This article aims to study the propagation of artificial floods and to analyze the behavior of the Senegal River estuary downstream of the Diama dam using hydrodynamic modeling software HEC-RAS developed by the “Center hydrological engineering, US Army Corps of Engineers”. A 1D simulation is carried out in steady state for different flows corresponding to the water releases at the Diama dam. The main output variables of this analysis are the height of the water surface on the cross sections of the river, the flow velocity and the extent of the flood.

2. Material and Method

The Senegal River basin is located in the western part of Africa. It extends from latitude 10˚20'N to latitude 17˚00'N approximately and is between the meridians 7˚W and 12˚20'W. It is drained by the 1770 km long river, from the Fouta Djalon massif in Guinea to the Atlantic Ocean. It is the second longest river in West Africa. Its area is 337,000 km2, including 60,000 km2 in the national territory of Senegal. Most of the Senegal River Basin has a desert sub-Saharan climate, which has been aggravated by more or less long periods of drought in the 1970s. The estuary of the Senegal River is located in the lower delta of the river, bordering the Atlantic Ocean, 250 km north of Dakar. The estuary faces many environmental problems, the most worrying being coastal erosion and flooding. These last occur during the rainy season, from August to October. They are frequent, recurrent and sometimes very severe, causing a lot of material damage and exceptionally loss of life. Our study area is 50 km long and lies between the mouth of the Senegal River and the Diama Dam and covers an area of about 10,000 km2 [1] [2] (Figure 1).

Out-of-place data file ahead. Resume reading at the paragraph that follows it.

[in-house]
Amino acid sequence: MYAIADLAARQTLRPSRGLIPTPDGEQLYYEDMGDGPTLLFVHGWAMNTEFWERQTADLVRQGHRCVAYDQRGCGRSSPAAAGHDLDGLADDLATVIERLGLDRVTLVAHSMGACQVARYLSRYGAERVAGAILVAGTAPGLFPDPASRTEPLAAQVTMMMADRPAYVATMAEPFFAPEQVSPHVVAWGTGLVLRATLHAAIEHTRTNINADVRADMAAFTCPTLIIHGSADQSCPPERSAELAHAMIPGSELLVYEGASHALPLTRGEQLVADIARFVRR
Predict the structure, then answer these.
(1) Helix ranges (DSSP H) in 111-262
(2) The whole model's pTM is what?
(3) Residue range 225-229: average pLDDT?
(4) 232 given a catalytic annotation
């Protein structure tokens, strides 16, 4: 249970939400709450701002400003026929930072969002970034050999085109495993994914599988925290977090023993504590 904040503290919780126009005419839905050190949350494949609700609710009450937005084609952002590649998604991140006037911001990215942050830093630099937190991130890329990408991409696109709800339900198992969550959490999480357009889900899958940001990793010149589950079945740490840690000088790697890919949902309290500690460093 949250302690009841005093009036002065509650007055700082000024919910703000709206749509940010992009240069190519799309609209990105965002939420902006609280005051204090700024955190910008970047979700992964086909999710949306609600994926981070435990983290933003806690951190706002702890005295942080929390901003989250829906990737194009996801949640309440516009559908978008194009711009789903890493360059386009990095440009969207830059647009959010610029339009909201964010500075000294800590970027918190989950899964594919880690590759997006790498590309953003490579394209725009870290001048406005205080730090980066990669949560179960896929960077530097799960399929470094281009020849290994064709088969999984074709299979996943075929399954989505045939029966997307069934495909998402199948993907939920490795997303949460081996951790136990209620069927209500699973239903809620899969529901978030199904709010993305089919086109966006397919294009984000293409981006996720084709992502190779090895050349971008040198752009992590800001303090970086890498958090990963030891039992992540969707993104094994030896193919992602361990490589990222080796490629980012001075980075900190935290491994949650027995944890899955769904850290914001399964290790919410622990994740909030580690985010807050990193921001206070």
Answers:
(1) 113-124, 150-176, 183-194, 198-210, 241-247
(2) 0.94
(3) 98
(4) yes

Methodology

GIS provides a wide range of tools for determining areas affected by floods or for predicting areas likely to be flooded due to high river levels. NTMs are increasingly used for visual and mathematical analysis of topography, landscapes and reliefs, as well as for surface process modeling. A DTM is the most common means of displaying topographic information and even allows the modeling of flows through the topography; a control factor in distributed models of relief processes [11]. HEC-RAS uses a number of input parameters for hydraulic analysis of stream geometry and water flow. These parameters are used to establish a

Figure 1. The Senegal river basin and its new mouth.